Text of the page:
Our representatives and senators are busy these days dealing with all kinds of bills that their supporters would like to become law. You can almost hear the wheels churning in Augusta; sometimes progress is made, sometimes the wheels get stuck, hub-deep in mud, in a kind of legislative limbo.

A case in point is a proposal blandly entitled LD 11. Its more informative title is “An Amendment to the Constitution of Maine to Establish the Right to Hunt and Fish.” Now maybe I missed something here, but I thought – and you may share this view – that Mainers already have the right to hunt and fish, so why this legislation? After all, you can’t give something to someone who’s already got it.

A closer look at the bill’s language – with text provided by the NRA – indicates that something is being taken away, not given, and that’s the right of all citizens to participate in decisions about the state’s animals on the premise that Maine’s wildlife are a common resource, not someone’s private preserve.

In effect, LD 11 would eliminate the people’s right to “infringe” upon current laws and “traditional methods” to hunt, fish and trap (added in an amended version) game (later changed to wildlife). In other words, ambushing bears over human junk food, hounding bears and bobcats with GPS collared dogs, trapping all kinds of animals and executing them as they lay unable to escape is what the so-called right to hunt is about – protecting these inhumane practices and in the process taking away the people’s right to gather enough support to end them. It’s also an attack on the citizen’s initiative process that was created to remedy legislative inaction or obstruction.

So where’s LD 11 today? It’s stuck in the mud that often characterizes politics. It was the subject of a public hearing held before the Joint Committee on Inland Fisheries and Wildlife on April 20, 2017, where testimony overwhelmingly opposed the bill’s passage. A work session was held on May 4, carried over to May 12, and then carried over again to Feb. 1 of this year and was voted (9 – 4) Ought Not To Pass, with an amended version, adding trapping and changing “game” to “wildlife.”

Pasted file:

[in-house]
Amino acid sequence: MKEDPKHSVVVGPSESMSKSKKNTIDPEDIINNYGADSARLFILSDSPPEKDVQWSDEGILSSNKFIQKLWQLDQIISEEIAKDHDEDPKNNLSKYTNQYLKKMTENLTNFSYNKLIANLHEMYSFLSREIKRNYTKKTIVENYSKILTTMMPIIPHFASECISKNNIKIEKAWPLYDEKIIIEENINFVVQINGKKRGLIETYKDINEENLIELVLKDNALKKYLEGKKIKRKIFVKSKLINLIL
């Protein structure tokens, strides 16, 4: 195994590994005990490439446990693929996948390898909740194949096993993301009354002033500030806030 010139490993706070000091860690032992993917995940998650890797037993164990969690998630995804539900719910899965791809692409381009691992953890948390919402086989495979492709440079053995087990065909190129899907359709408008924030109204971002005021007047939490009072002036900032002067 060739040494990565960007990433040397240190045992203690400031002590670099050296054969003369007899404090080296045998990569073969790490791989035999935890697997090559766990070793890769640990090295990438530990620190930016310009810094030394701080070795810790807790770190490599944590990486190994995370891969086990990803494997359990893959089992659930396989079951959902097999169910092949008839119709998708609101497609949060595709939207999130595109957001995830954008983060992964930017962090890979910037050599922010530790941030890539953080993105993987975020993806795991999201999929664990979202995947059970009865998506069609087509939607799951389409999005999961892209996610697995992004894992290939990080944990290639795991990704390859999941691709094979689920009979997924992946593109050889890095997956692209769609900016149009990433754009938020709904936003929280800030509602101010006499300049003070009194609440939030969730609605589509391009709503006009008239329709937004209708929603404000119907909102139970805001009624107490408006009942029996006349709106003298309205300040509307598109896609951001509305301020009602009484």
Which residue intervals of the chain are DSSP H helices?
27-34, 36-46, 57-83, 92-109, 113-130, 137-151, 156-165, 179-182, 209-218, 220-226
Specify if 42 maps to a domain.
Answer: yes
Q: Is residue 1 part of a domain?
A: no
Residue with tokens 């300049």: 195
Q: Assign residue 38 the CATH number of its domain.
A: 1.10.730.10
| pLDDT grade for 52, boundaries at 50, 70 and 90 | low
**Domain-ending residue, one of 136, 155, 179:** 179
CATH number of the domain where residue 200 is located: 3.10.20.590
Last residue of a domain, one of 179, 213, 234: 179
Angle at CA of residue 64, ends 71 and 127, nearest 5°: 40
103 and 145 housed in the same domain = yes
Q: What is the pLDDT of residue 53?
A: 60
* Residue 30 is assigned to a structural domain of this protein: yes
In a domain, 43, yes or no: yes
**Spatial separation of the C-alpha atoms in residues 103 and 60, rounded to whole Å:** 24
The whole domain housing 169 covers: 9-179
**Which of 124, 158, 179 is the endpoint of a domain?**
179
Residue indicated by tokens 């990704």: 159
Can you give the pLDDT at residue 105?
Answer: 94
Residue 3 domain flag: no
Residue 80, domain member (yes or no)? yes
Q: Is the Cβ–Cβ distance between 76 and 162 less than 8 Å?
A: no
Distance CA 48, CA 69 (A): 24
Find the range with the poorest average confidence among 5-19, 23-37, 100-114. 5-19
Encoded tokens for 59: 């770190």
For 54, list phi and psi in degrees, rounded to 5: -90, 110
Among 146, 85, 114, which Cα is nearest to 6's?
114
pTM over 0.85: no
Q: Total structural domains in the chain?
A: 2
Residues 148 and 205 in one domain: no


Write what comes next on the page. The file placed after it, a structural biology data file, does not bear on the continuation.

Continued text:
LD 11 was then sent to the House where representatives on Feb. 20 voted (75 – 69) to support the ONTP decision. The bill – along with its amended version – was conveyed to the Senate where Sen. Scott Cyrway (R- Kennebec), chair of the Inland Fisheries and Wildlife Committee, tabled it on Feb. 20.

Oddly enough, the Senate has to determine whether LD 11 or its amended version is the one they’ll choose. As of this writing, that’s where it sits – tabled and also “later assigned,” though it’s not clear exactly what that means.

It’s been a very long process – nearly a year – with no end in sight, though the issues are simple. Do we want to reduce the democratic process that has a long tradition in Maine by excluding the majority of our citizens from decisions in which all should be able to participate? And, considering that LD 11 has been opposed by the committee that heard it, as well as the House of Representatives, why has a decision been delayed so long by the Senate?

We can all find out by urging our senators – see a list at maine.gov if you’re not sure who they are – to protect our rights and get this bill out of the mud of legislative limbo.

Don Loprieno
Bristol

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